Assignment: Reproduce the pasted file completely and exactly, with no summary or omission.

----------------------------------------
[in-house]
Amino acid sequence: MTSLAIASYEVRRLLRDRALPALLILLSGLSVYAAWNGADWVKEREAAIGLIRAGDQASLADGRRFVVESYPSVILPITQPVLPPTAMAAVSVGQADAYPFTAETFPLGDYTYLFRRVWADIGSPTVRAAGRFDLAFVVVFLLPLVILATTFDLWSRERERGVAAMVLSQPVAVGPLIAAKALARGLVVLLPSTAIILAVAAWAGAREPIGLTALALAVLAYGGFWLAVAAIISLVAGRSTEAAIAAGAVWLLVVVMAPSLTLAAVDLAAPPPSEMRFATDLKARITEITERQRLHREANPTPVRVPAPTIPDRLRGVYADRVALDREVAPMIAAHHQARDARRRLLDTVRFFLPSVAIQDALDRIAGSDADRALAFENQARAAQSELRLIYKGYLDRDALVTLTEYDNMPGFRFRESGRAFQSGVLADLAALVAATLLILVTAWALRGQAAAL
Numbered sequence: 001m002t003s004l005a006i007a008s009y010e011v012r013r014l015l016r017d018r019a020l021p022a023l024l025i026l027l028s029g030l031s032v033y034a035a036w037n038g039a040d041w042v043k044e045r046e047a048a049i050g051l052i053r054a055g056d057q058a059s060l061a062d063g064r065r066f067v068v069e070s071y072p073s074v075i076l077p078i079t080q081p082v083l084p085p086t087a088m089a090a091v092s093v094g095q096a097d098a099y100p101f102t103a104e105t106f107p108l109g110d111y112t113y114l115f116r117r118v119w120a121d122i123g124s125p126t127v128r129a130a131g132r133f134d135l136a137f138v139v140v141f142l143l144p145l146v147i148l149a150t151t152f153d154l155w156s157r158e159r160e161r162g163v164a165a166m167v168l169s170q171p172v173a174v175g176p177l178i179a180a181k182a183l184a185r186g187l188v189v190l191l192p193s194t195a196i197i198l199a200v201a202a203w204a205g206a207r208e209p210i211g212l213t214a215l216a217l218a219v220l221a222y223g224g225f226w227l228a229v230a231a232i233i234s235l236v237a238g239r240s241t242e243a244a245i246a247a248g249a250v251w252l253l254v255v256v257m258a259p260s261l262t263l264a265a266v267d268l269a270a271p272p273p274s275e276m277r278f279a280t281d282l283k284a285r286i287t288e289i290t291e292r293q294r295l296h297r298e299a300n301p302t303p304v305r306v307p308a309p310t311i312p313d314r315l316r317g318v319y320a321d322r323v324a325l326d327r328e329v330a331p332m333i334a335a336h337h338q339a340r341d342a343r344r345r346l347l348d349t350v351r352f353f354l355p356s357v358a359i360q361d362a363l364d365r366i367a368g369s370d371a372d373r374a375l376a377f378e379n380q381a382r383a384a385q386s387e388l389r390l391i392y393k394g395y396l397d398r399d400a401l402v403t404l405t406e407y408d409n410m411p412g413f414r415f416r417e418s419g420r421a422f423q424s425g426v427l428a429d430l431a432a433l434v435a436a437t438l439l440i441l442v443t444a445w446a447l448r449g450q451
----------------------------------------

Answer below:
[in-house]
Amino acid sequence: MTSLAIASYEVRRLLRDRALPALLILLSGLSVYAAWNGADWVKEREAAIGLIRAGDQASLADGRRFVVESYPSVILPITQPVLPPTAMAAVSVGQADAYPFTAETFPLGDYTYLFRRVWADIGSPTVRAAGRFDLAFVVVFLLPLVILATTFDLWSRERERGVAAMVLSQPVAVGPLIAAKALARGLVVLLPSTAIILAVAAWAGAREPIGLTALALAVLAYGGFWLAVAAIISLVAGRSTEAAIAAGAVWLLVVVMAPSLTLAAVDLAAPPPSEMRFATDLKARITEITERQRLHREANPTPVRVPAPTIPDRLRGVYADRVALDREVAPMIAAHHQARDARRRLLDTVRFFLPSVAIQDALDRIAGSDADRALAFENQARAAQSELRLIYKGYLDRDALVTLTEYDNMPGFRFRESGRAFQSGVLADLAALVAATLLILVTAWALRGQAAAL
Numbered sequence: 001m002t003s004l005a006i007a008s009y010e011v012r013r014l015l016r017d018r019a020l021p022a023l024l025i026l027l028s029g030l031s032v033y034a035a036w037n038g039a040d041w042v043k044e045r046e047a048a049i050g051l052i053r054a055g056d057q058a059s060l061a062d063g064r065r066f067v068v069e070s071y072p073s074v075i076l077p078i079t080q081p082v083l084p085p086t087a088m089a090a091v092s093v094g095q096a097d098a099y100p101f102t103a104e105t106f107p108l109g110d111y112t113y114l115f116r117r118v119w120a121d122i123g124s125p126t127v128r129a130a131g132r133f134d135l136a137f138v139v140v141f142l143l144p145l146v147i148l149a150t151t152f153d154l155w156s157r158e159r160e161r162g163v164a165a166m167v168l169s170q171p172v173a174v175g176p177l178i179a180a181k182a183l184a185r186g187l188v189v190l191l192p193s194t195a196i197i198l199a200v201a202a203w204a205g206a207r208e209p210i211g212l213t214a215l216a217l218a219v220l221a222y223g224g225f226w227l228a229v230a231a232i233i234s235l236v237a238g239r240s241t242e243a244a245i246a247a248g249a250v251w252l253l254v255v256v257m258a259p260s261l262t263l264a265a266v267d268l269a270a271p272p273p274s275e276m277r278f279a280t281d282l283k284a285r286i287t288e289i290t291e292r293q294r295l296h297r298e299a300n301p302t303p304v305r306v307p308a309p310t311i312p313d314r315l316r317g318v319y320a321d322r323v324a325l326d327r328e329v330a331p332m333i334a335a336h337h338q339a340r341d342a343r344r345r346l347l348d349t350v351r352f353f354l355p356s357v358a359i360q361d362a363l364d365r366i367a368g369s370d371a372d373r374a375l376a377f378e379n380q381a382r383a384a385q386s387e388l389r390l391i392y393k394g395y396l397d398r399d400a401l402v403t404l405t406e407y408d409n410m411p412g413f414r415f416r417e418s419g420r421a422f423q424s425g426v427l428a429d430l431a432a433l434v435a436a437t438l439l440i441l442v443t444a445w446a447l448r449g450q451